4

I have a text file with multiple rows. In every row I have the date in the following format:

12/2/2015
15/9/2013
08/3/2011
02/5/2005
.
.
.

I want to create a folder for every line in this text file using a simple for loop as follows:

#!/bin/bash -f
for f in $(cat ./file.txt ); do 
mkdir ${f}
done

This code didn't work because I have the character / in the date format. How can I create the folders and remove this character from the folder name at the same time? So the output folders names will be like this:

1222015
1592013
0832011
0252005
.
.
.
3
  • 5
    The month-day-year sorts wrong. Wouldn't you prefer year-month-day?
    – John1024
    Aug 7 '15 at 18:55
  • 1
    @John1024 The OP is using DMY, not MDY: there is no 15th month. Anyway, even YMD wouldn't sort right without an additional change: the month needs to have a leading zero, like the day already has, in order for that to work.
    – hvd
    Aug 7 '15 at 23:14
  • @hvd The leading zero is easy to add.
    – John1024
    Aug 7 '15 at 23:15
8

You can use a command like this:

sed -e 's/\///g' < file.txt | xargs mkdir

The sed command will strip the newlines from file.txt and the pipe to xargs will run mkdir for each line in the file.

An equivalent command (suggest by don_crissti) using tr instead of sed is:

tr -d / < file.txt | xargs mkdir
1
  • 1
    No prob. Yeah, many ways... though with unknown input this solution is still the best as it still works (the perl one should work too). Aug 7 '15 at 19:21
3

Rather than reinventing in perl or the like, I've taken your original code and added the relevant part to strip the troublesome / characters.

The initial // is the bash syntax for global replace (as we do have more than one troublesome /).

The subsequent / is to represent what we want to replace (/).

The final / precedes what we want to replace it with (nothing).

#!/bin/bash -f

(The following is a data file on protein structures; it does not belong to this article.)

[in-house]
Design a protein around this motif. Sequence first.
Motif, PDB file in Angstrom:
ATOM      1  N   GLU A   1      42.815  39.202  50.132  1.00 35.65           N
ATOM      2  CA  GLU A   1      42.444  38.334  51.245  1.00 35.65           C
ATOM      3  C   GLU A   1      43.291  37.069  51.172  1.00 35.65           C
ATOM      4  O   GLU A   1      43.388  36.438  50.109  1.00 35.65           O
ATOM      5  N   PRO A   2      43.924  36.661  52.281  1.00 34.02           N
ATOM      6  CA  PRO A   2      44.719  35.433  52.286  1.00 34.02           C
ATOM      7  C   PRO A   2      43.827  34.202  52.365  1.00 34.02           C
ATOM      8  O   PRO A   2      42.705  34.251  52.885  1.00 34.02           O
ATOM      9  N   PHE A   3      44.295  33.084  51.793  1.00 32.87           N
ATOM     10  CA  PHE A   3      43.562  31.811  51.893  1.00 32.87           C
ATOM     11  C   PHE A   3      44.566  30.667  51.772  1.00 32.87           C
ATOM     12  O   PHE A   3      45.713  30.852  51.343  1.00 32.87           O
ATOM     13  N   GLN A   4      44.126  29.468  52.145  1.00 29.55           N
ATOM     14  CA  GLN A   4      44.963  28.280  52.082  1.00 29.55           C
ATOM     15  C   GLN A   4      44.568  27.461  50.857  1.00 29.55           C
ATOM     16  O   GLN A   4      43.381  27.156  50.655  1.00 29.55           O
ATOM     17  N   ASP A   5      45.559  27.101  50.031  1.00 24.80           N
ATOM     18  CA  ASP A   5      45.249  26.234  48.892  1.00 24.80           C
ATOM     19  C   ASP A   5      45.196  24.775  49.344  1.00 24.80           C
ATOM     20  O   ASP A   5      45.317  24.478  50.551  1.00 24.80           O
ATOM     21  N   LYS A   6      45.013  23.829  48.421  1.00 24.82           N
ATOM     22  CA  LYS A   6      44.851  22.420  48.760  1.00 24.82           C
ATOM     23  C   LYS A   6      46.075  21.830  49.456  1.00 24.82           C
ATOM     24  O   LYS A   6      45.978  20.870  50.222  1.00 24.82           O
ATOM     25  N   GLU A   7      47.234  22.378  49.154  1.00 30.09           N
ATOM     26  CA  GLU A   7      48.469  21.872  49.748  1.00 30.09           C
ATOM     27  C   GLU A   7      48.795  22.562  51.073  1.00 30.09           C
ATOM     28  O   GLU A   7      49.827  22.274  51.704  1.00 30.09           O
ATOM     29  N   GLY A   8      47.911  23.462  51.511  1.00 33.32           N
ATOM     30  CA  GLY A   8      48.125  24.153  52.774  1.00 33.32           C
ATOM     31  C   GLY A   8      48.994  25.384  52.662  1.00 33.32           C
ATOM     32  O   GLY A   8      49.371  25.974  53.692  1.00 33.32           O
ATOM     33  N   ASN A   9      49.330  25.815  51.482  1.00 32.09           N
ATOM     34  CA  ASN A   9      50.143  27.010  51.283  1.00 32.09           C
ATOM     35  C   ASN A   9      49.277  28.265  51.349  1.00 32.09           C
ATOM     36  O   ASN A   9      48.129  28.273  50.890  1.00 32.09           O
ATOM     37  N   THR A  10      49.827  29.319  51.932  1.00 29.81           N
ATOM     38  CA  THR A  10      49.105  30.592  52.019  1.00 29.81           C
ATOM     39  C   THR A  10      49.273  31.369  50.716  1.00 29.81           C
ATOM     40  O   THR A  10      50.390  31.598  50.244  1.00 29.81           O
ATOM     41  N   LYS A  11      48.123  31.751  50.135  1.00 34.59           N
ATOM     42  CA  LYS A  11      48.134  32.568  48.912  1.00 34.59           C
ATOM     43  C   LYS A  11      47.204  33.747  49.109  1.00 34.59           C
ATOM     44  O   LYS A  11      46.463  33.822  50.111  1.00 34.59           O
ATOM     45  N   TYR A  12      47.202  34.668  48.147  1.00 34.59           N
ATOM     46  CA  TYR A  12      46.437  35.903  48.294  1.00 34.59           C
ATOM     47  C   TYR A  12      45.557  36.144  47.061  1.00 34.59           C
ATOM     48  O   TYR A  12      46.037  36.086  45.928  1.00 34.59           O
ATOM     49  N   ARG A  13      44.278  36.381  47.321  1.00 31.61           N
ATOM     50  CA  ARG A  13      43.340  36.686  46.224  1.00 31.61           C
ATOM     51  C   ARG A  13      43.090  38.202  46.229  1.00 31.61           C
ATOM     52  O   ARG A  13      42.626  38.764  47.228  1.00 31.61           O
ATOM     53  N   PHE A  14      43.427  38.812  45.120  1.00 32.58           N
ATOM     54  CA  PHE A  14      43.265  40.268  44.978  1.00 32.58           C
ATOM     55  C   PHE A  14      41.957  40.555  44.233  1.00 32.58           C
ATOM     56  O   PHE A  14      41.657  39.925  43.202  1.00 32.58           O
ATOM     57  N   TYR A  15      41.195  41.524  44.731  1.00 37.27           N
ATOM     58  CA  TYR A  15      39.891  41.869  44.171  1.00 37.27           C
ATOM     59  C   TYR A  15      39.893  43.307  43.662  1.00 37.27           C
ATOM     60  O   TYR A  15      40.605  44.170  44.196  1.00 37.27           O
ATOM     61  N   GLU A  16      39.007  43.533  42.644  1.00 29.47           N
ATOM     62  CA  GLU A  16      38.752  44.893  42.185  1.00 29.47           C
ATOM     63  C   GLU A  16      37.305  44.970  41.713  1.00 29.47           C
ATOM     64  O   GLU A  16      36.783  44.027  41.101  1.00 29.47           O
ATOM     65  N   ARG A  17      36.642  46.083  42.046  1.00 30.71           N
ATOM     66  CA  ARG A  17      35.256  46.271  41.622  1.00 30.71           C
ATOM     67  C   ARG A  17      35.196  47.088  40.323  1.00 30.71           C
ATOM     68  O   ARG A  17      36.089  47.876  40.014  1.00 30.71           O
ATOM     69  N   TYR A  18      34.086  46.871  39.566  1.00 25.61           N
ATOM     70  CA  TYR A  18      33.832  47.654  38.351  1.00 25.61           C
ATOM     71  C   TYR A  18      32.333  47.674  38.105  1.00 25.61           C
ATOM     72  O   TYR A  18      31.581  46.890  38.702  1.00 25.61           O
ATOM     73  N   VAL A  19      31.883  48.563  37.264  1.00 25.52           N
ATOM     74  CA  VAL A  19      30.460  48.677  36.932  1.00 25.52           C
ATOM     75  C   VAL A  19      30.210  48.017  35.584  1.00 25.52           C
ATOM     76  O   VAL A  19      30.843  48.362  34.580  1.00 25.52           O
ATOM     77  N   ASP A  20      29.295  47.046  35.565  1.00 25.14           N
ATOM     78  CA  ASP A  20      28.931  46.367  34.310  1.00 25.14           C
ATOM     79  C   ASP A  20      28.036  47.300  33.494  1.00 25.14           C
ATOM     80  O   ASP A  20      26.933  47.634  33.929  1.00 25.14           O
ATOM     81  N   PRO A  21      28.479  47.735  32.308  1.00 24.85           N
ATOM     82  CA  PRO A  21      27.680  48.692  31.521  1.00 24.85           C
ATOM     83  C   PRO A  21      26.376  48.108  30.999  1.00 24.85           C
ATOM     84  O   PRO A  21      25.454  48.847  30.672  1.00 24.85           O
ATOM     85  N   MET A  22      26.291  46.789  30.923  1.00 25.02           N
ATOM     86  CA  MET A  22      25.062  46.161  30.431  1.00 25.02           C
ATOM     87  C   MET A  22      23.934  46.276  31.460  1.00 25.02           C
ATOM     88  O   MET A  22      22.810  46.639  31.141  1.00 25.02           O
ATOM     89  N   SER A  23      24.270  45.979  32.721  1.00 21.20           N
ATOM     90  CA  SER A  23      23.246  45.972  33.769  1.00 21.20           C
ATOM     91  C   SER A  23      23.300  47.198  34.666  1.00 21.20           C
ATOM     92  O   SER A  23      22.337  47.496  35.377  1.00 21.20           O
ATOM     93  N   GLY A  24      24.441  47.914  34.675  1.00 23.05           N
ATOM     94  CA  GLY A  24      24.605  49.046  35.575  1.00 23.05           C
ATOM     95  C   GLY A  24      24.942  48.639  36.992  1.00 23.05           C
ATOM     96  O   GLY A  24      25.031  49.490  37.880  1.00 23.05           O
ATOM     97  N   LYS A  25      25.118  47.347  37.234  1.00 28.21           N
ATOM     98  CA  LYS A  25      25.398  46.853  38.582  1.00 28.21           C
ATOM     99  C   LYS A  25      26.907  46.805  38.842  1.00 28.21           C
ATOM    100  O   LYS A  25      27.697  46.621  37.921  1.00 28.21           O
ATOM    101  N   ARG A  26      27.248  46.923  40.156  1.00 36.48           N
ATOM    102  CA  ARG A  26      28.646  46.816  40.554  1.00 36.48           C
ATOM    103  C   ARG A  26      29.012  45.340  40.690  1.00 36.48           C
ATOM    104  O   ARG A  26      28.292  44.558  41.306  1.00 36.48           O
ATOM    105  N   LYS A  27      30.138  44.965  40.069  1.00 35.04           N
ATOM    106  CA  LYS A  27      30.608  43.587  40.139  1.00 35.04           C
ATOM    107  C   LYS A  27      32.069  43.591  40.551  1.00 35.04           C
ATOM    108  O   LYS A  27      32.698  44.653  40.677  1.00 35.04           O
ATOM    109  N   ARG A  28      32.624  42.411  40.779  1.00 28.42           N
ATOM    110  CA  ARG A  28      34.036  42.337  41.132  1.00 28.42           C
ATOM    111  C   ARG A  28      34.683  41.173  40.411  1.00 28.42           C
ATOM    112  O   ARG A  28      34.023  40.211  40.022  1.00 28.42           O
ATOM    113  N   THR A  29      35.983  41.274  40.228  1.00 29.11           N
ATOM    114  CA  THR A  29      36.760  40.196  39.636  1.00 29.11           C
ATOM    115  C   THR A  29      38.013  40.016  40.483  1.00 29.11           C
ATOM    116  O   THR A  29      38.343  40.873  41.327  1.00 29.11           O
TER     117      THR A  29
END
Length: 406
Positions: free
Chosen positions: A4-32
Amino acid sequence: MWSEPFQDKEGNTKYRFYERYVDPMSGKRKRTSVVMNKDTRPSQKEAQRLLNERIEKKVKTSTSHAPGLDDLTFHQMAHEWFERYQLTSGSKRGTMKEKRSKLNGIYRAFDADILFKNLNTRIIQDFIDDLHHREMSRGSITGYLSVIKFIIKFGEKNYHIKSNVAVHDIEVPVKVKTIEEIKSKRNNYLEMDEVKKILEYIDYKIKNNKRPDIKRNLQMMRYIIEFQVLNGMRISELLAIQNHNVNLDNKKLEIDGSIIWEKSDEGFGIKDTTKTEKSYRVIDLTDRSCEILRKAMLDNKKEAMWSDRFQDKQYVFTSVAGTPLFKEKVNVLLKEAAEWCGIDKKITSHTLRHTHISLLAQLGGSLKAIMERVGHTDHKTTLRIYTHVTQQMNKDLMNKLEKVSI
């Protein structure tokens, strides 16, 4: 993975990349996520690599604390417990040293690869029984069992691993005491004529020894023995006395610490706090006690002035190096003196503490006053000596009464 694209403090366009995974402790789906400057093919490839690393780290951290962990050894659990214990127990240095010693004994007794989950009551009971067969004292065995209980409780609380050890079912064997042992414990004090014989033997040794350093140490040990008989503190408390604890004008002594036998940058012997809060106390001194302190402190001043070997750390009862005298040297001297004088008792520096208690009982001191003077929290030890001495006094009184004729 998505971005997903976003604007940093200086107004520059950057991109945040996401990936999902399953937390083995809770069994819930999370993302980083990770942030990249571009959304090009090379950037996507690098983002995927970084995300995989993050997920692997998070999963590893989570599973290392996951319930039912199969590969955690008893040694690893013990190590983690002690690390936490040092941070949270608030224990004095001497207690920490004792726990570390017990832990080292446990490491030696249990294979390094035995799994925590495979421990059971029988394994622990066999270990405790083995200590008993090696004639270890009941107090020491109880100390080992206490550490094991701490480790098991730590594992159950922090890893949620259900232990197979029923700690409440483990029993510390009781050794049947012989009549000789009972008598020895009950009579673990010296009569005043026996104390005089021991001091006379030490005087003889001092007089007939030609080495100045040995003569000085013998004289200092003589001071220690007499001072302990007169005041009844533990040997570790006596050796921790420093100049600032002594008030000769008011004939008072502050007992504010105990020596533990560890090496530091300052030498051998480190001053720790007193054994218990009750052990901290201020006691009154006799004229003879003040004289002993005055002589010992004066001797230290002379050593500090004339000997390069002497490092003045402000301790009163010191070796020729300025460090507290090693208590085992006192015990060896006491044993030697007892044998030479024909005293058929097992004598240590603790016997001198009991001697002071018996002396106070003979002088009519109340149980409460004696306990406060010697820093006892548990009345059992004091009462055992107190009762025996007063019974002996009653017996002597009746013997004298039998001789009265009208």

for f in $(cat ./file.txt ); do
mkdir ${f////}
done
4
  • 1
    No more words. Genus !!
    – user88036
    Aug 7 '15 at 19:09
  • 1
    Does this work in shells other than bash? In particular, does it work in dash?
    – Kevin
    Aug 7 '15 at 20:42
  • 1
    No. You'd want to use something like "for f in $(cat ./file.txt | sed 's/\///g' ); do" for that. Or to strip the useless cat, "for f in $( sed 's/\///g' file.txt ); do"
    – steve
    Aug 7 '15 at 20:56
  • probably better to use a while loop to feed with the content of the file: while IFS= read -r line; do .... ; done < file. This way, you read it line by line.
    – fedorqui
    Aug 8 '15 at 13:51
2

And possible solution with awk:

awk -F"/" '{ print $1 $2 $3; }' file | xargs mkdir
1

This perl one line works for me.

cat data01.txt  |perl -ane 'chomp;s/\s+//g; s{\/}{}g; mkdir $_ if length($_);'
6
  • Thanks! Kindly could you please explain the code for me>
    – user88036
    Aug 7 '15 at 18:55
  • 1
    the '-an' tells perl to process the incoming text one line at a time. the text would also be parsed. the 'e' means the next part of the line is the perl script to run which follows in single quotes. the implicit variable in perl is $_ which is what chomp is processing. chomp removes the control characters at the end of the line. the s/\s+//g; just removes excess spaces. the s{/}{}g; remove the forward slashes. I used the {} instead of // for the substitution so I would not have to escape the forward slash.
    – DannyK
    Aug 7 '15 at 18:57
  • 1
    mkdir is a perl command that is similar to bash's mkdir. the implicit variable that perl is processing is the input to the mkdir command. i test if the $_ is of some size before we make the directory just to make sure I don't get a blank line.
    – DannyK
    Aug 7 '15 at 19:02
  • 1
    You don't need the cat here... Aug 7 '15 at 19:14
  • ...or the -a. The -n means iterate one line at a time for any files passed in (usually, the files are listed after the command, eg: perl -ne '...' file1.txt , without printing automatically. The -a is autosplit. What it does is it splits each line in the file (used with -n) into an array named @F (by default). eg: perl -ane 'print "$_\n" for @F' in.txt. In v5.20.0 and up, -a implies -n
    – stevieb
    Aug 7 '15 at 19:31
1

Here is a way with bash and sed

for var in $(cat data01.txt); do  dir=$(echo $var | sed -e 's/\///g;'); mkdir -vp $dir; done
6
  • ! Fantastic. I was on my way to ask for it ;))
    – user88036
    Aug 7 '15 at 18:58
  • I am receiving this error: "sed: -e expression #1, char 5: unknown option to `s'"
    – user88036
    Aug 7 '15 at 19:00
  • 1
    @MJA: Yes, it'll error , you should use for var in $(cat data01.txt); do dir=$(echo $var | sed -e 's/\///g;'); mkdir -vp $dir; done
    – neuron
    Aug 7 '15 at 19:02
  • 2
    Please also take a look at the ans given by @casey
    – neuron
    Aug 7 '15 at 19:03
  • 2
    And @don_crissti
    – neuron
    Aug 7 '15 at 19:03

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